Submissions may include blog posts, research agendas, activist perspectives, creative writing, policy analyses or position pieces. We expect submissions to range from 1500 to 8000 words. Submissions may be in English, French, Greek, Spanish, German, BSL, American Sign Language or International Sign Language (for sign language submissions please contact the editors first, so we can ensure appropriate support). We ask that all submissions include a title and abstract in English as well as the original language. Submissions will be reviewed by the editorial team, and where appropriate subject to a rapid peer review. IPED is fully open access with authors retaining full copyright of their work. To submit please visit this link

In your covering email please note that your submission is for the Call for rapid responses to Trump and Women’s March.

Deadline – 27th February. Planned publication end of March 2017.

Please direct queries to: Christopher Lyon or Kate Sang


  1. What is the potential for intersectional approaches to scholarship and feminist activism to provide a robust and effective response to the rise of autocratic leaders such as President Donald Trump?
  2. Can the Women’s March of 21 January 2017 act as a catalyst for progressive and inclusive social change, and in what ways?
  3. How can intersectionality be used to provide a basis for social change and resistance to encroaching attacks on human rights? Where are the pitfalls and limits of intersectionality both as a theoretical construct and a basis for social change?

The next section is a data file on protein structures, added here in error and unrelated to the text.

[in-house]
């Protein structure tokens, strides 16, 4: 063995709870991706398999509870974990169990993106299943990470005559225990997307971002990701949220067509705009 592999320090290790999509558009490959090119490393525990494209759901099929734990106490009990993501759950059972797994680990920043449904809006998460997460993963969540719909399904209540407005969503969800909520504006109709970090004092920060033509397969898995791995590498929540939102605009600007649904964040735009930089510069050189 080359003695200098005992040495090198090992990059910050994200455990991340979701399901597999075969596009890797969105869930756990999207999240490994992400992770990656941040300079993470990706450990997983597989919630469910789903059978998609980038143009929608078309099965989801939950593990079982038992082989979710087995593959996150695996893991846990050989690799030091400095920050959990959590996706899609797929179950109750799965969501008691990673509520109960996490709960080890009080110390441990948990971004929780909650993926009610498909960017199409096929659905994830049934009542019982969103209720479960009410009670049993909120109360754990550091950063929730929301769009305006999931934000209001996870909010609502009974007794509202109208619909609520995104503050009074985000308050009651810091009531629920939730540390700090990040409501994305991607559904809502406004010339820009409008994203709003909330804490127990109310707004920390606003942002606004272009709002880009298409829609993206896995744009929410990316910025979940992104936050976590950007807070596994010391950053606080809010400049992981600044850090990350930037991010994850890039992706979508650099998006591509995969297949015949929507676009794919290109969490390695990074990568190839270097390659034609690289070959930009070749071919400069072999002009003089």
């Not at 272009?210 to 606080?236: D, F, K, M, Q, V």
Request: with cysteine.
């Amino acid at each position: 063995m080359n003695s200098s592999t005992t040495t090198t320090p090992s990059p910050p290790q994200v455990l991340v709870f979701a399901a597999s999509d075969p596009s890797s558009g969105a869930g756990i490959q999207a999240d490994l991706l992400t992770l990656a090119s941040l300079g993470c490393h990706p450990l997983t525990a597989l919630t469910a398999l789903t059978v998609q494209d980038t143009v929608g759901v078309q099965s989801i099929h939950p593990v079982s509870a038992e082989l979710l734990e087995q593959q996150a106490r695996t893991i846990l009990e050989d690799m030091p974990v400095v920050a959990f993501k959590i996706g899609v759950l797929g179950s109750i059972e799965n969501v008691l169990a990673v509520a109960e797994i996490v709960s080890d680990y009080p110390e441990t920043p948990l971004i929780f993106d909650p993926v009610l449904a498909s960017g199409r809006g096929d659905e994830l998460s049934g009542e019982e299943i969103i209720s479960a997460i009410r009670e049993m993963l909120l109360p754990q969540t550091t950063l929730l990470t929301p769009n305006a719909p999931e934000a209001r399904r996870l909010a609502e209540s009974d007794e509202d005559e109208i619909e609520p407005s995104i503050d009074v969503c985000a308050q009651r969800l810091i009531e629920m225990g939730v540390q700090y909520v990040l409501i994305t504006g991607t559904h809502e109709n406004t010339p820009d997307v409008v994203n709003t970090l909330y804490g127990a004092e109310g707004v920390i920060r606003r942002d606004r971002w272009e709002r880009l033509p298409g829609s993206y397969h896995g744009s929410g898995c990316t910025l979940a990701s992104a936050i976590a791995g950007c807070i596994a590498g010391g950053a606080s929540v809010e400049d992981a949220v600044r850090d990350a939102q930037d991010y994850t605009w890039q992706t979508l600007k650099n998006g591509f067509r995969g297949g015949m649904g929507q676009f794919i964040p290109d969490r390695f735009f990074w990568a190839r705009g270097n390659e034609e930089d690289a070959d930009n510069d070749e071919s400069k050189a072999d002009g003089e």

4. Does the Women’s March reflect a different form of protest or action beyond normative activism? How can we understand the Women’s March in the context of broader debates around violent and non-violent protest?
  5. What can the Women’s March learn from previous social justice protests, for example, the Civil Rights movement, the women’s Suffrage movement?
  6. What role did technology play in organising this march? What might this mean for its potential?
  7. Where does The Women’s March sit with other forms of protest, for example, Black Lives Matter and the North Dakota Pipeline?
  8. What are the lessons for efforts outside of the US, for example, responses to Brexit and the rise of far-right politics in France and other parts of Europe and Australasia?
  9. The massive scale and global nature of the protest meant that it likely included many people who would not normally identify with or participate in protest activism. What does this level of participation mean for intersectional discourses and practices that normally define participation in this form of activism?